Honduras: En noviembre, los cultivos de maíz de la temporada de Postrera aún estaban en diferentes fases de desarrollo y las altas precipitaciones durante octubre y noviembre provocaron problemas por inundación, particularmente en las zonas de producción de Choluteca. En el Valle del Aguán se desarrollaban normalmente y estaban en etapa de floración, mientras que en la zona occidental se registró daños por plagas y frentes fríos, afectando el cultivo en etapas de desarrollo y floración. El frijol se desarrollaba de igual manera en Olancho alcanzado la fase fenológica de maduración y en las zonas de producción del sur las condiciones climáticas han afectado el cultivo, encontrándose en su etapa de maduración. En el occidente del país, el cultivo fue afectado por plagas y los frentes frio en su etapa de maduración e inicio de cosechas. Dada la evolución de los cultivos, aún no se ha podido identificar el impacto por el exceso de lluvias y frentes fríos, lo cual se verá reflejado al final de la cosecha a principios de enero.

Se estima que la mayoría de las familias vulnerables de agricultura de subsistencia en el Corredor Seco de Honduras han agotado las reservas de granos básicos y las oportunidades de empleo dependen de la producción de frutas y hortalizas tropicales bajo riego, corte de caña, producción de camarón – en las regiones próximas al Golfo de Fonseca – y principalmente corte del café en las diferentes cordilleras cafetaleras del país, cuya cosecha se inició en noviembre.

El gobierno, por medio del Instituto Hondureño de Mercadeo Agrícola, suscribió convenios de comercialización de la cosecha de Postrera con agricultores individuales y organizados, manteniendo un precio de garantía de 1,000 lempiras/quintal de frijol rojo con el fin de apoyar a los productores y establecer la reserva estratégica de cincuenta mil quintales, para asegurar el abastecimiento y estabilización de los precios durante el periodo de escasez.

El Salvador: Con el objeto de fomentar la producción de granos, estabilizar los precios y evitar el desabastecimiento durante la época de escasez, el gobierno ha distribuido paquetes agrícolas (semilla de maíz y fertilizante) para la siembra en zonas húmedas y bajo sistemas de riego.

Nicaragua: En noviembre, las siembras de maíz, frijol y sorgo de la temporada de Postrera registraban diferentes desarrollos, pero el frijol ha sido afectado por enfermedades fungosas; en algunas zonas de producción, el cultivo de maíz se retrasó y se reportan pérdidas aproximadamente del 10% debido a los excesos de precipitación ocurridas en la primera decena del mes de octubre, no obstante, también hay zonas en las que aún se levanta la cosecha de Primera.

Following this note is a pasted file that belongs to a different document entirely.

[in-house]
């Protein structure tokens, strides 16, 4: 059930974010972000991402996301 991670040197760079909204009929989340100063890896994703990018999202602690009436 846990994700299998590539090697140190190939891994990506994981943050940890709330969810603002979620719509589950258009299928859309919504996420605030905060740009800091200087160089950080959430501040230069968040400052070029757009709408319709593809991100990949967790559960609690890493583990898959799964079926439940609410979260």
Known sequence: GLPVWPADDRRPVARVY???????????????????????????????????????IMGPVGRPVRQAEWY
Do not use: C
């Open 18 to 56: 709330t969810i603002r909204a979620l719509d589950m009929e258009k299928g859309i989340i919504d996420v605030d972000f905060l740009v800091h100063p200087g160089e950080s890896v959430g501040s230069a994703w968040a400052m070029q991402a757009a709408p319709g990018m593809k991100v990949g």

BASIC CEREAL PRICES IN THE REGION

During the period from February to May 2019, white maize prices in Honduras and Nicaragua are expected to follow the seasonal trend, but above the average, and to maintain an atypical behavior as observed during 2018.

Red bean prices are expected to perform at between average and below average seasonal levels for El Salvador and Honduras, while in Nicaragua they are expected to be above average, due to the potential impact of El Niño on Apante production.

INCOME SOURCES

COFFEE-GROWING SECTOR

The international price of coffee has impeded the profitability of coffee cultivation in the region, and its capacity to pay better wages, especially during the harvest. It is believed that this could worsen during the current season. In September 2018 the monthly average of the International Coffee Organization (ICO) composite indicator price fell to 98.17 US cents. This was the lowest price since October 2006 when it stood at 95.53 cents; in October it recovered to 111.29 US cents. However, in November it fell again to 98.17 US cents. This behavior prevents better wages being paid to vulnerable populations that depend on picking and crop management activities.

El Salvador: According to the Salvadoran Coffee Council's export register, 18,055 quintals of green coffee were exported in October 2018, with a value of US$ 2,108,358. This represented a variation of -8.5 per cent on the volume exported in October 2017, and -22.8 per cent on the value of exports in the same month.